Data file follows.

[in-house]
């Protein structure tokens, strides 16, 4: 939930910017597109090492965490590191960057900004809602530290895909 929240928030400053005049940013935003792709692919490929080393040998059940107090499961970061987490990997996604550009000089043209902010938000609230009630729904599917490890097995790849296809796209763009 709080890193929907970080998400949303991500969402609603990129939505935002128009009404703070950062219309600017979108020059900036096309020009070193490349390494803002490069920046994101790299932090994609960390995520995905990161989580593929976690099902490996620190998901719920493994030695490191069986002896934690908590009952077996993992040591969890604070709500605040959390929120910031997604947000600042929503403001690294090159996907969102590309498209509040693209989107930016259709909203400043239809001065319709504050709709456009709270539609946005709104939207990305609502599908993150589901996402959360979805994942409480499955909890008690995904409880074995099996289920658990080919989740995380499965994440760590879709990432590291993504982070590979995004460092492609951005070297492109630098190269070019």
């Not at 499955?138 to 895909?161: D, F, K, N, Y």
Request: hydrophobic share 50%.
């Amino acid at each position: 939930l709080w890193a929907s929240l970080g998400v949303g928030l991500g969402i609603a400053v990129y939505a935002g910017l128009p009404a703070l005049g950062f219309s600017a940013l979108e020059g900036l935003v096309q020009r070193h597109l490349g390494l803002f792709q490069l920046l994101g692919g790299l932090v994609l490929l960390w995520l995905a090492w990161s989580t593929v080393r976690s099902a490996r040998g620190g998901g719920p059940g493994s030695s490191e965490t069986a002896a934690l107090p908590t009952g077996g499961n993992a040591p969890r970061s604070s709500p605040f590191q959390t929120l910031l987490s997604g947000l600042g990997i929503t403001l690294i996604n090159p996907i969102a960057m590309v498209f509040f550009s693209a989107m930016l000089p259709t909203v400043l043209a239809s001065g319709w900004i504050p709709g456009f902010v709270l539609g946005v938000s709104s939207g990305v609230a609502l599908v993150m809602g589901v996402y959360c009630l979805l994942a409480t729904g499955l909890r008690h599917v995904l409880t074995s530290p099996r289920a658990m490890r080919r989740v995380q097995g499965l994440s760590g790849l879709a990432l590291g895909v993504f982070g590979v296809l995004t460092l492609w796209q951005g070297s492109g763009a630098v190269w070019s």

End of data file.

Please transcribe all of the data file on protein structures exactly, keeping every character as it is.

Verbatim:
[in-house]
């Protein structure tokens, strides 16, 4: 939930910017597109090492965490590191960057900004809602530290895909 929240928030400053005049940013935003792709692919490929080393040998059940107090499961970061987490990997996604550009000089043209902010938000609230009630729904599917490890097995790849296809796209763009 709080890193929907970080998400949303991500969402609603990129939505935002128009009404703070950062219309600017979108020059900036096309020009070193490349390494803002490069920046994101790299932090994609960390995520995905990161989580593929976690099902490996620190998901719920493994030695490191069986002896934690908590009952077996993992040591969890604070709500605040959390929120910031997604947000600042929503403001690294090159996907969102590309498209509040693209989107930016259709909203400043239809001065319709504050709709456009709270539609946005709104939207990305609502599908993150589901996402959360979805994942409480499955909890008690995904409880074995099996289920658990080919989740995380499965994440760590879709990432590291993504982070590979995004460092492609951005070297492109630098190269070019």
């Not at 499955?138 to 895909?161: D, F, K, N, Y």
Request: hydrophobic share 50%.
């Amino acid at each position: 939930l709080w890193a929907s929240l970080g998400v949303g928030l991500g969402i609603a400053v990129y939505a935002g910017l128009p009404a703070l005049g950062f219309s600017a940013l979108e020059g900036l935003v096309q020009r070193h597109l490349g390494l803002f792709q490069l920046l994101g692919g790299l932090v994609l490929l960390w995520l995905a090492w990161s989580t593929v080393r976690s099902a490996r040998g620190g998901g719920p059940g493994s030695s490191e965490t069986a002896a934690l107090p908590t009952g077996g499961n993992a040591p969890r970061s604070s709500p605040f590191q959390t929120l910031l987490s997604g947000l600042g990997i929503t403001l690294i996604n090159p996907i969102a960057m590309v498209f509040f550009s693209a989107m930016l000089p259709t909203v400043l043209a239809s001065g319709w900004i504050p709709g456009f902010v709270l539609g946005v938000s709104s939207g990305v609230a609502l599908v993150m809602g589901v996402y959360c009630l979805l994942a409480t729904g499955l909890r008690h599917v995904l409880t074995s530290p099996r289920a658990m490890r080919r989740v995380q097995g499965l994440s760590g790849l879709a990432l590291g895909v993504f982070g590979v296809l995004t460092l492609w796209q951005g070297s492109g763009a630098v190269w070019s």